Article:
Top leaders in the GOP-led House and DFL Senate are teaming up to propose a legislative budget office that would provide an alternative to the cost estimates on bills now produced by the administration of DFL Gov. Mark Dayton.

The proposals come after occasional dust-ups by legislators over the years regarding the veracity of the fiscal notes that look at the possible costs of proposed legislation. The bills introduced Monday specifically require that the proposed Legislative Budget Office give legislators "nonpartisan, accurate and timely information" and conduct analysis "without regard to political factors."

Such cost estimates in Minnesota long have been the purview of the executive branch, where individual agencies and Minnesota Management and Budget experts produce the fiscal analyses of proposed bills.

John Pollard, a spokesman for MMB, defended the integrity of those analyses. "The governor, his staff, or even the commissioner of MMB do not have any influence of the content and determinations within fiscal notes," he said in a statement. "If a legislator believes the language or intent of a bill is not properly reflected in a fiscal note, we work with the legislator, the agency and their staff to sort out the issues."

Proponents say the measure would give the Legislature the same power as the executive branch to analyze potential costs — a model that exists in more than 30 states, according to a 2012 legislative audit on the fiscal-note process.

"The Legislative Budget Office is needed to ensure full independent analysis of proposals and budgets before the Legislature," Republican Speaker Kurt Daudt, one of the House bill sponsors, said in a statement. "This would take all politics out of debates between the executive branch and the legislative branch about fiscal impacts of budgets and legislative proposals.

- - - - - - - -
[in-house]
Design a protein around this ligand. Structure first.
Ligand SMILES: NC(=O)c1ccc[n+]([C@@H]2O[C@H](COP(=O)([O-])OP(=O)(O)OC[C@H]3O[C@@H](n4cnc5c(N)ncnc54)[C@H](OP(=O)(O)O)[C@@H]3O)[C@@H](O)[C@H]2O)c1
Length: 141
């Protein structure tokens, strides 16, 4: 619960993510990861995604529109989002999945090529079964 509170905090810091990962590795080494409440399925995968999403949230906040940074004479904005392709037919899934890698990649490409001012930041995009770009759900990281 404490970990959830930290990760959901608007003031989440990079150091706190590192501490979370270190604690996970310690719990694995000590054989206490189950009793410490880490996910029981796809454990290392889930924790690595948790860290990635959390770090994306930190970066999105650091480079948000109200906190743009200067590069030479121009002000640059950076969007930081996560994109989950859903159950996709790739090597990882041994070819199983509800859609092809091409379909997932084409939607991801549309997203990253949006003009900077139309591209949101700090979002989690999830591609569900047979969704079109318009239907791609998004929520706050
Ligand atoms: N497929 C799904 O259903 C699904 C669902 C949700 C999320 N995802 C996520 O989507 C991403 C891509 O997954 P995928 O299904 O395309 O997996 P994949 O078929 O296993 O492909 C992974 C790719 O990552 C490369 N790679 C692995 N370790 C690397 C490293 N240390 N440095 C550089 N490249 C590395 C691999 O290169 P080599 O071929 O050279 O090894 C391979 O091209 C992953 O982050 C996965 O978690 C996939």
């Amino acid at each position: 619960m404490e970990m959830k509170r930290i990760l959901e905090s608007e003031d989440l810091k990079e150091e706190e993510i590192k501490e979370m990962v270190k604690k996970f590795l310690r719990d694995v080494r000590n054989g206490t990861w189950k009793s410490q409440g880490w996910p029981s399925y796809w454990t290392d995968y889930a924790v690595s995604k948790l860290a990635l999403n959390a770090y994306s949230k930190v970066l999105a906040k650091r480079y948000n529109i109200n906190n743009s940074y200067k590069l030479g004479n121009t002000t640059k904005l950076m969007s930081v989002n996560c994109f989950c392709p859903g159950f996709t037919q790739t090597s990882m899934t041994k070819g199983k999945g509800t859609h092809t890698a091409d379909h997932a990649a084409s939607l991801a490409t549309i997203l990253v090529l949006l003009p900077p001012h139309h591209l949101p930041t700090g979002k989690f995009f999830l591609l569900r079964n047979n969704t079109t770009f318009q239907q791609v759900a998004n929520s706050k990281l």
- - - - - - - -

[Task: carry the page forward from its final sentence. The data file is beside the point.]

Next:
House Majority Leader Joyce Peppin, R-Rogers, is a cosponsor with Daudt. The Senate bill sponsor is Majority Leader Tom Bakk, DFL-Cook.

"Minnesota is one of very few states where fiscal analyses are conducted by executive agencies," Bakk said in a statement to the Star Tribune. "Knowing that, it seemed worthwhile to explore this option in Minnesota. I was glad to learn that Speaker Daudt agreed this discussion was worth having."

In the past, legislators from both parties have sometimes questioned the veracity of fiscal notes. In 2011, when Republicans controlled the House and Senate, they questioned fiscal notes coming from MMB during budget negotiations.

Sen. Richard Cohen, DFL-St. Paul, said similar claims of potential bias in fiscal notes came from DFLers when Republican Gov. Tim Pawlenty was in office. Cohen expressed concerns Monday that having a separate legislative fiscal note on bills might "overpoliticize" the process.

Late last week, Republicans challenged a fiscal note issued just hours ahead of a floor vote on a GOP-sponsored bill that would revise teacher seniority rules that guide layoffs. Rep. Jim Knoblach, R-St. Cloud, expressed skepticism of the $1 million projected cost attached to a bill that his caucus thought carried no costs.

In 2012, the Legislative Auditor's Office weighed in on fiscal notes and found that they were, for the most part, prepared with "plausible assumptions." It said that some notes could use more explanation, but that in recent years, under two administrations, there had been no instances "in which agency officials or staff from the governor's office have intervened inappropriately in the fiscal note process."